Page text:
available to the grid manager on the performance                                                   processor in each time period as the focal metric.
of the two models (PS-1 and PD-1) and the benefits                                                  The grid was composed of 100 machines operating
from sequential grid computing. We used the num-                                                   over five time periods. The variance of CPU cycles
ber of processors on the grid as the focal metric. The                                             available in each period for each processor was ran-
job required 430 CPU cycles and the grid operated                                                  domly generated from an uniform distribution ( 1 V
over five time periods. Based on these parameters, the                                              units), where V is the value shown on the x axis of
results depicted in Figure 4 show the improvement                                                  Figures 5, 6, and 7. This experiment explored three
in probability of completion relative to PA-1, the best                                            demand scenarios—low (425 CPU cycles required;
single-machine case.                                                                               see Figure 5), medium (475 CPU cycles required; see
   As the number of processors available increases,                                                Figure 6), and high (525 CPU cycles required; see
under the sequential grid models (both the static                                                  Figure 7).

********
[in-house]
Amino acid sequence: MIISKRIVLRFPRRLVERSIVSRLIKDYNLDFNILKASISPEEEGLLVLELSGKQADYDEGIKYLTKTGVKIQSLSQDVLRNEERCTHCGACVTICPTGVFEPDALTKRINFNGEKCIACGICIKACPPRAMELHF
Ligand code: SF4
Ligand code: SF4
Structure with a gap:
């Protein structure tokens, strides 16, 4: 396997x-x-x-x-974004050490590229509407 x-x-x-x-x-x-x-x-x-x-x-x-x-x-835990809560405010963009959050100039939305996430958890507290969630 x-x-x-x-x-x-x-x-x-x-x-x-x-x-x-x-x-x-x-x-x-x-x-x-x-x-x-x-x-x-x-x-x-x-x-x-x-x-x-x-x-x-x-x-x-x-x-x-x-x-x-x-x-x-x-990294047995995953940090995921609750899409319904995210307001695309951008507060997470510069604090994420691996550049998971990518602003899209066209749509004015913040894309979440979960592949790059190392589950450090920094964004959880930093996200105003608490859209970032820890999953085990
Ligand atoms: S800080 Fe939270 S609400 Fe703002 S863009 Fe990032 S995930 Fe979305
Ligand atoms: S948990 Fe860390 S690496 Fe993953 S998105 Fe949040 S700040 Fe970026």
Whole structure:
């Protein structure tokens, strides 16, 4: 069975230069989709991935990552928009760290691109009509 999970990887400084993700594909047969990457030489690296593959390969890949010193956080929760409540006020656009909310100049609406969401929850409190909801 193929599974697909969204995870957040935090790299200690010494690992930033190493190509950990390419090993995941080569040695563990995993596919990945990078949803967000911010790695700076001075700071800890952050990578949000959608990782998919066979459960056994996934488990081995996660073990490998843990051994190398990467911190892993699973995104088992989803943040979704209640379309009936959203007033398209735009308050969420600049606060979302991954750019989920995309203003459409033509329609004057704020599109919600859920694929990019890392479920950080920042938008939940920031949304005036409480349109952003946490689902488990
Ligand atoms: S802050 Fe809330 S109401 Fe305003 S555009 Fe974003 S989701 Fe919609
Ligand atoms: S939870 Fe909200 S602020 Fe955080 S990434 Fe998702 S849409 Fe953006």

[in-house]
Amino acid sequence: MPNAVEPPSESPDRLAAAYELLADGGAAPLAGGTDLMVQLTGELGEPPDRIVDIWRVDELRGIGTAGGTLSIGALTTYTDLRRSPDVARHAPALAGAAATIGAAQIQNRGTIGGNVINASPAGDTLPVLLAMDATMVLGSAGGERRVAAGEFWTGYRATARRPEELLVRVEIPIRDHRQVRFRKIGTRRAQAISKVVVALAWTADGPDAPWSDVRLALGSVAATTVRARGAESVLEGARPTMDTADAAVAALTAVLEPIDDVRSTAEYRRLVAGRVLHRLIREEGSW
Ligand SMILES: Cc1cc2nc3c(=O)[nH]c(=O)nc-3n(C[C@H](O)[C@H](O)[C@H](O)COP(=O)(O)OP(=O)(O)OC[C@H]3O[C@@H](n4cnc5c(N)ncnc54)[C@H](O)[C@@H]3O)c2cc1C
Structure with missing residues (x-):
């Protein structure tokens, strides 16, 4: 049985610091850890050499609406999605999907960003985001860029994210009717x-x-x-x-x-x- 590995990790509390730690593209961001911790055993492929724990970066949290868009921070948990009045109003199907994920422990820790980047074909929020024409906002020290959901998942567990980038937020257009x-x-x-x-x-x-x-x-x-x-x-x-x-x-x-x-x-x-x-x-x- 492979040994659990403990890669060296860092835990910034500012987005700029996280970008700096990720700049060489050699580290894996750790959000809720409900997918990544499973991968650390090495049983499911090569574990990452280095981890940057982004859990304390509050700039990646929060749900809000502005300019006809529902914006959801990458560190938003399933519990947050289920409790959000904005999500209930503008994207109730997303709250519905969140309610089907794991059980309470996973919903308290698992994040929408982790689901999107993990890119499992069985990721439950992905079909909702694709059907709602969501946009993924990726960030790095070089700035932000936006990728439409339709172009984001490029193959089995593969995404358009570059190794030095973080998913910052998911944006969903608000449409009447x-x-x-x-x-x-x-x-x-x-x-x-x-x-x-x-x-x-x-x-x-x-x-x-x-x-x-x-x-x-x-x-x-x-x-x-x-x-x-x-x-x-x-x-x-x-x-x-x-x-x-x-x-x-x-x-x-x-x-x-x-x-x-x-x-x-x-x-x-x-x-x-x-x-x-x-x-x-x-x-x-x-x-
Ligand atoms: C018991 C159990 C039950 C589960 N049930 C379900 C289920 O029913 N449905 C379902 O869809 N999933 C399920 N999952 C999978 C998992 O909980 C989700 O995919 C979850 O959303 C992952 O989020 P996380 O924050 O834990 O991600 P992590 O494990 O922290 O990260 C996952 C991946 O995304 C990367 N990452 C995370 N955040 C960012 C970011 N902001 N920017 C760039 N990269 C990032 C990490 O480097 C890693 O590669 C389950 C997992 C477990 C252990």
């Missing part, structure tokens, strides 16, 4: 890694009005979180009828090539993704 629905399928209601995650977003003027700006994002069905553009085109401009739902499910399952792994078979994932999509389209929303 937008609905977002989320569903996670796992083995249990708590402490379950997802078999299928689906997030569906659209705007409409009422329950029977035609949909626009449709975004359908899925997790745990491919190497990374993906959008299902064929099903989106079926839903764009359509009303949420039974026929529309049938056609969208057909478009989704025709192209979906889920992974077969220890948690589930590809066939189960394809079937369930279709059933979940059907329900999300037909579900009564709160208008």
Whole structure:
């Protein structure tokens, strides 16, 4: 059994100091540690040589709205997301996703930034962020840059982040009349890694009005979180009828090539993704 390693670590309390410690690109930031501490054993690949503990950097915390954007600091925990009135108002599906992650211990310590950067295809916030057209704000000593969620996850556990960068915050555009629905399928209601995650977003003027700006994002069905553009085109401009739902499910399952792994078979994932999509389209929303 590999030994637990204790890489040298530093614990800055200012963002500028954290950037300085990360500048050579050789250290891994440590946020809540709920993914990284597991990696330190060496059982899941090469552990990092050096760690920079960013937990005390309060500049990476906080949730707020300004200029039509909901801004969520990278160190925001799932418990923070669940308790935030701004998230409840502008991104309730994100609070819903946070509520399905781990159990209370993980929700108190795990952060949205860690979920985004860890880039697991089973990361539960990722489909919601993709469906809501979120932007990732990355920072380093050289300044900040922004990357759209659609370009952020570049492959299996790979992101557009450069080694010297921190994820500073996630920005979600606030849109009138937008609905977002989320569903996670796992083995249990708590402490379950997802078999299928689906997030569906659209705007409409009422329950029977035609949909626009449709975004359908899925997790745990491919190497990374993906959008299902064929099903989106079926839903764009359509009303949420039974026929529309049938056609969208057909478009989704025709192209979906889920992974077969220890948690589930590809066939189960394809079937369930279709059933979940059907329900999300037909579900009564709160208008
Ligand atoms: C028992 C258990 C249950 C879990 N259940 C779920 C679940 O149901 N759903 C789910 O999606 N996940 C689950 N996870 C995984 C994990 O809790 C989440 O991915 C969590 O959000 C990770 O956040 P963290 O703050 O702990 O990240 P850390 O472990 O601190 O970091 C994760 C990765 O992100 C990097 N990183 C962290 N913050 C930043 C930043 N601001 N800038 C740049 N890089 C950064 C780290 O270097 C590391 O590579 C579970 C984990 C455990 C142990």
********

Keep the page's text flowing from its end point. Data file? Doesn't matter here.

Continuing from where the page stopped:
plan and dynamic policy), the completion probability                                                  For the results shown in Figure 5, a small enough
increases dramatically at the initial stages (Figure 4)                                            job demand was selected such that it was likely that
while the improvement flattens out as the completion                                                a single machine had mean CPU cycles available to
probability reaches close to one. On the other hand,                                               complete the job. Thus, with low variance in CPU
the completion probability in the single-processor                                                 cycles available, the probability of job completion in
case exhibits slower stepwise improvement as the                                                   the single-machine best case is high. The probability
number of available processors increases. The iden-                                                of completion diminishes in the single-machine case
tity of the best processor changes infrequently as pro-                                            as the variance in CPU cycles increases. However, the
cessors are added in the single-processor case. For                                                sequential grid computing models are robust to the
example, in our reported result, the 14th machine                                                  increase in variance because the grid manager is able
added has a large capacity and dramatically increases                                              to work around potential problems.